Fetch PMID: 8067708

Semin Surg Oncol 1994 Mar-Apr;10(2):140-4
Clinical value of SDI test for predicting effect of postoperative chemotherapy for patients with gastric cancer.
Baba H, Takeuchi H, Inutsuka S, Yamamoto M, Endo K, Ohno S, Maehara Y, Sugimachi K. Cancer Center, Faculty of Medicine, Kyushu University, Fukuoka, Japan.
"...Survival rates for patients with a positive chemosensitivity to MMC and postoperatively prescribed more than 20 mg of MMC were significantly better than those without sensitivity to MMC, even when treated with MMC, although no statistical differences existed in clinicopathologic factors between the two groups. We conclude that the SDI test for human gastric cancer is a rapid, reliable, and useful assay to determine the compatibility between the results of assay and the clinical effects of corresponding chemotherapy. We propose that the regimen of postoperative adjuvant chemotherapy be tailored according to results of the SDI test, using tissues resected from individual patients." Publication Types: Clinical trial
Fetch PMID: 8052784

Cancer 1993 Feb 1;71(3):661-6
Preoperative in vitro chemosensitivity test of esophageal cancer with endoscopic specimens.
Kondo K, Okuma T, Yoshioka M, Torigoe Y, Miyauchi Y, Katsuki T. Department of First Surgery, Kumamoto University Medical School, Japan.
"... the authors tested in vitro chemosensitivity before surgery with endoscopic biopsy specimens from 23 patients with intrathoracic esophageal cancer. ... The authors tested eight anticancer agents using the dye exclusion method, and all 23 patients received chemotherapy with the most sensitive three drugs according to the results of the chemosensitivity test. .... Ten patients (43.5%) had a tumor reduction of more than 50% on radiologic studies, and 4 patients (17.4%) had a good histologic effect. CONCLUSIONS. The chemosensitivity test is useful in selecting preoperative chemotherapeutic agents for patients with esophageal cancer." Publication Types: Clinical trial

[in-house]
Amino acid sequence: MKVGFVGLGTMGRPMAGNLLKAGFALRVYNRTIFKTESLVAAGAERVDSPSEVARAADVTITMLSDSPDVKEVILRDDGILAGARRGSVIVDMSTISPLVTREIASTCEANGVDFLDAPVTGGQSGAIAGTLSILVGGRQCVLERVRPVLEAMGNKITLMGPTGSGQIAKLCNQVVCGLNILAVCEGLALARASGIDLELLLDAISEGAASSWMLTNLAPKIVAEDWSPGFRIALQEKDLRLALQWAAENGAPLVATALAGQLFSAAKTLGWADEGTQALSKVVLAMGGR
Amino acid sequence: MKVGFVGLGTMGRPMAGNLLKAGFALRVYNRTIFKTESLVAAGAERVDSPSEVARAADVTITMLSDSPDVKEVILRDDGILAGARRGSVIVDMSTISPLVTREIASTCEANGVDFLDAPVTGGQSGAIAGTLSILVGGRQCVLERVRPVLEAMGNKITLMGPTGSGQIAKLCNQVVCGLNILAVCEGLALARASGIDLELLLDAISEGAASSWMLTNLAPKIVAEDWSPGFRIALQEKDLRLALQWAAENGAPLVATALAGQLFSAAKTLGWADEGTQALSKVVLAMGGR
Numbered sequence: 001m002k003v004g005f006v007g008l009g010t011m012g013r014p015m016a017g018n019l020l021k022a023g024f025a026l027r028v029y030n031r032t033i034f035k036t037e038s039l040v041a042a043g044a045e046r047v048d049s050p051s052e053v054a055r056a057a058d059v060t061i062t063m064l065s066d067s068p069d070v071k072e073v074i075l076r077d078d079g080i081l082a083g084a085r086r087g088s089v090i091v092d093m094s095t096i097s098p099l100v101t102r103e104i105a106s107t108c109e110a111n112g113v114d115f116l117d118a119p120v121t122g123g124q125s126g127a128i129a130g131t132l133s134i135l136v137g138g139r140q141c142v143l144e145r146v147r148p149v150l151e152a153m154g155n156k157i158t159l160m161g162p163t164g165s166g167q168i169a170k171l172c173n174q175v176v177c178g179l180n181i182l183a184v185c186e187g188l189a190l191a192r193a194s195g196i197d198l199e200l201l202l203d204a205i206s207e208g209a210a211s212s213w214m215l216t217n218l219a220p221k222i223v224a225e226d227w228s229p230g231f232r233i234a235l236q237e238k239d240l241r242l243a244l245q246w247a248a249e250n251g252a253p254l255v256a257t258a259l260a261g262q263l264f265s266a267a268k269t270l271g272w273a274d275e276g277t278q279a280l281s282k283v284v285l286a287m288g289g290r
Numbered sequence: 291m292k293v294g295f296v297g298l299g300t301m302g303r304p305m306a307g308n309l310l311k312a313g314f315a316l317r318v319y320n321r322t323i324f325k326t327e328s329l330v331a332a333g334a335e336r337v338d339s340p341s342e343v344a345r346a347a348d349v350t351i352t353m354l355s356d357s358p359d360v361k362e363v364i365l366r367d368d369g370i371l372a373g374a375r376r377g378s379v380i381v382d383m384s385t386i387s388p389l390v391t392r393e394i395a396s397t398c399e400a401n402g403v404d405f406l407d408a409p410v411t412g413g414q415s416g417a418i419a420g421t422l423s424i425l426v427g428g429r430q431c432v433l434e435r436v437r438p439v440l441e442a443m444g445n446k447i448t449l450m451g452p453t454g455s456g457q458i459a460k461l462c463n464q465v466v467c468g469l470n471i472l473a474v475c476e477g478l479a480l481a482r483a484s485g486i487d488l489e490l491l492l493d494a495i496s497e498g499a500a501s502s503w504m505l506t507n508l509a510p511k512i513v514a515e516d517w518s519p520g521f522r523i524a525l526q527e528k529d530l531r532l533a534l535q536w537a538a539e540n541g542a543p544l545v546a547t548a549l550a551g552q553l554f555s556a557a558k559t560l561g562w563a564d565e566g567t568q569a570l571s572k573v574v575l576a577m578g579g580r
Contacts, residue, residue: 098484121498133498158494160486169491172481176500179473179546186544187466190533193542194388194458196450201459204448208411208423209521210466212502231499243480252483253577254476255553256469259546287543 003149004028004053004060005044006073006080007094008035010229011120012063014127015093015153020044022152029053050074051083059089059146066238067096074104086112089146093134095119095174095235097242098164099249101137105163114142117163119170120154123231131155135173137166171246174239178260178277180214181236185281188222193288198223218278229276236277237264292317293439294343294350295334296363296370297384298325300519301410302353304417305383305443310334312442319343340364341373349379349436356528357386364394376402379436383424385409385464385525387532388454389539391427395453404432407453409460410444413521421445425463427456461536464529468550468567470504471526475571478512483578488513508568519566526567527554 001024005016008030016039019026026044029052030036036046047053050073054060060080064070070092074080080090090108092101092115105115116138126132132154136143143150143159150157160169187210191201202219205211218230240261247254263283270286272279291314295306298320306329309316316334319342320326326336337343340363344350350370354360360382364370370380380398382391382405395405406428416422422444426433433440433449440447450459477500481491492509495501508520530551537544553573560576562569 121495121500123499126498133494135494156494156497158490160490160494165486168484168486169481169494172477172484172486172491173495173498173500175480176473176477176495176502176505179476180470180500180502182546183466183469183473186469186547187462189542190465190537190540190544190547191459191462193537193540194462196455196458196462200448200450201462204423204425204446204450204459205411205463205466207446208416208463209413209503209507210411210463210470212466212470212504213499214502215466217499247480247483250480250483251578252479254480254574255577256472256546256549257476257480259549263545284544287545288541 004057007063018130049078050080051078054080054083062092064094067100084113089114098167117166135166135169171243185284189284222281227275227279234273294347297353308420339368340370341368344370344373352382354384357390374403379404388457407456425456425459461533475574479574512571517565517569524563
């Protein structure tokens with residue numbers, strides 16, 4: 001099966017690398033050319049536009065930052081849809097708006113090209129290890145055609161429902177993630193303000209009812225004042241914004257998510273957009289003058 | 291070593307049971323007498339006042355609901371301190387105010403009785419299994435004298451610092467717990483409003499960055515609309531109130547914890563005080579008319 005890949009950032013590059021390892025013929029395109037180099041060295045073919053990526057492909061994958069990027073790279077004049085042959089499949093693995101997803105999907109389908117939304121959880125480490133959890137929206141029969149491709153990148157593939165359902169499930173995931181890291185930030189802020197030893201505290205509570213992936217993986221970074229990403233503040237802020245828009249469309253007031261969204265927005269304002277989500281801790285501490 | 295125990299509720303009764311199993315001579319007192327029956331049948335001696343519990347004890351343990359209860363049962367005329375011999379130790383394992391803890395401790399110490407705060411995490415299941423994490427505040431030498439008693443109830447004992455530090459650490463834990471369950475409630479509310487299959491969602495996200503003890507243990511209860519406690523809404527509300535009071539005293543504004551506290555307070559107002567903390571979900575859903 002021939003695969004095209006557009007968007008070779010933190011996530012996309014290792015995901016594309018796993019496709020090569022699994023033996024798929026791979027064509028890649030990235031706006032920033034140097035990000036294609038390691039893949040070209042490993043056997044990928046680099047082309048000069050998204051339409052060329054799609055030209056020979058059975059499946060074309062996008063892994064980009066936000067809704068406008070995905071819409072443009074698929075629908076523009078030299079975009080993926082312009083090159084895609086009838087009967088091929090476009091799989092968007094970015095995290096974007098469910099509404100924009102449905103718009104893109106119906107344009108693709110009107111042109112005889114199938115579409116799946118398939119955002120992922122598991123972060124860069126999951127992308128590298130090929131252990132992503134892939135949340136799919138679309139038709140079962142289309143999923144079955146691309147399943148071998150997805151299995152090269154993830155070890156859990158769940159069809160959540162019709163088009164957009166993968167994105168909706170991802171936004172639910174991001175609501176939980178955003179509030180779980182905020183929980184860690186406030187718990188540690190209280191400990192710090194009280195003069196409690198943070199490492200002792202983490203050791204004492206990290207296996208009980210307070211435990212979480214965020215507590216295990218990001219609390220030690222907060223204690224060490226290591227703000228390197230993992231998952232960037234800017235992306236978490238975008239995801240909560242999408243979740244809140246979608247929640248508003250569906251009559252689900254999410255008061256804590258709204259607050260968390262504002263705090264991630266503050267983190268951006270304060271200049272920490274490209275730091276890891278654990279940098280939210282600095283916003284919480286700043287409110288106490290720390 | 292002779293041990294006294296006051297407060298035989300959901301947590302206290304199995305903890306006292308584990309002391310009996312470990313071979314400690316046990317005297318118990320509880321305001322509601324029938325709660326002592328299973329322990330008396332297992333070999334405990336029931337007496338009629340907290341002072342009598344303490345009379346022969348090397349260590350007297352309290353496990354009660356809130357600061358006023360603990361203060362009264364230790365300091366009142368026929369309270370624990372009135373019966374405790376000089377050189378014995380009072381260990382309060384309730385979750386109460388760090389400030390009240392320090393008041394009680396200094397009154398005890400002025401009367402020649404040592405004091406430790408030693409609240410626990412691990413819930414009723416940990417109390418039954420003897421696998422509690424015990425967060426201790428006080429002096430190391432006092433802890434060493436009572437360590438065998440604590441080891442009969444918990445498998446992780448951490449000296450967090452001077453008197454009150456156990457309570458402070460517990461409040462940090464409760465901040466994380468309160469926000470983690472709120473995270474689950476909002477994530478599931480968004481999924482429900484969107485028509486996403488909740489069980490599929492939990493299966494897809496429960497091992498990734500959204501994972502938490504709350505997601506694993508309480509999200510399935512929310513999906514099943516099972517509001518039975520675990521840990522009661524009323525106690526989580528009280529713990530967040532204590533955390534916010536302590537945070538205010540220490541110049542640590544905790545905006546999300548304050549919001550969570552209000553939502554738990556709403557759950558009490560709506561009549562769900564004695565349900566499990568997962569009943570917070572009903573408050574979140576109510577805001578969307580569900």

Fetch PMID: 8431844

Anticancer Drugs 1991 Apr;2(2):139-43
Dipyridamole combination chemotherapy can be used safely in treating gastric cancer patients.
Sakaguchi Y, Maehara Y, Emi Y, Kusumoto T, Kohnoe S, Sugimachi K. Cancer Center of Kyushu University Hospital, Fukuoka, Japan.
"The feasibility of a combined chemotherapy using dipyridamole (DP) with adriamycin (ADM) and 5-fluorouracil (5-FU) was investigated. First, the chemosensitivity of gastric cancer tissues was determined by the succinate dehydrogenase inhibition test, which showed sensitivity to ADM and 5-FU is increased by DP. Next, a clinical trial of combined therapy of DP, ADM and 5-FU, as a post-operative adjuvant chemotherapy for gastric cancer patients, was performed. ... DP did not appear to alter the toxicity of ADM and 5-FU, and no severe adverse effect was noted for this combination therapy. .... This combination chemotherapy appears to be safe and may be useful clinically in treating cancer.
Fetch PMID: 1958858

Gan To Kagaku Ryoho 1990 Oct;17(10):2025-30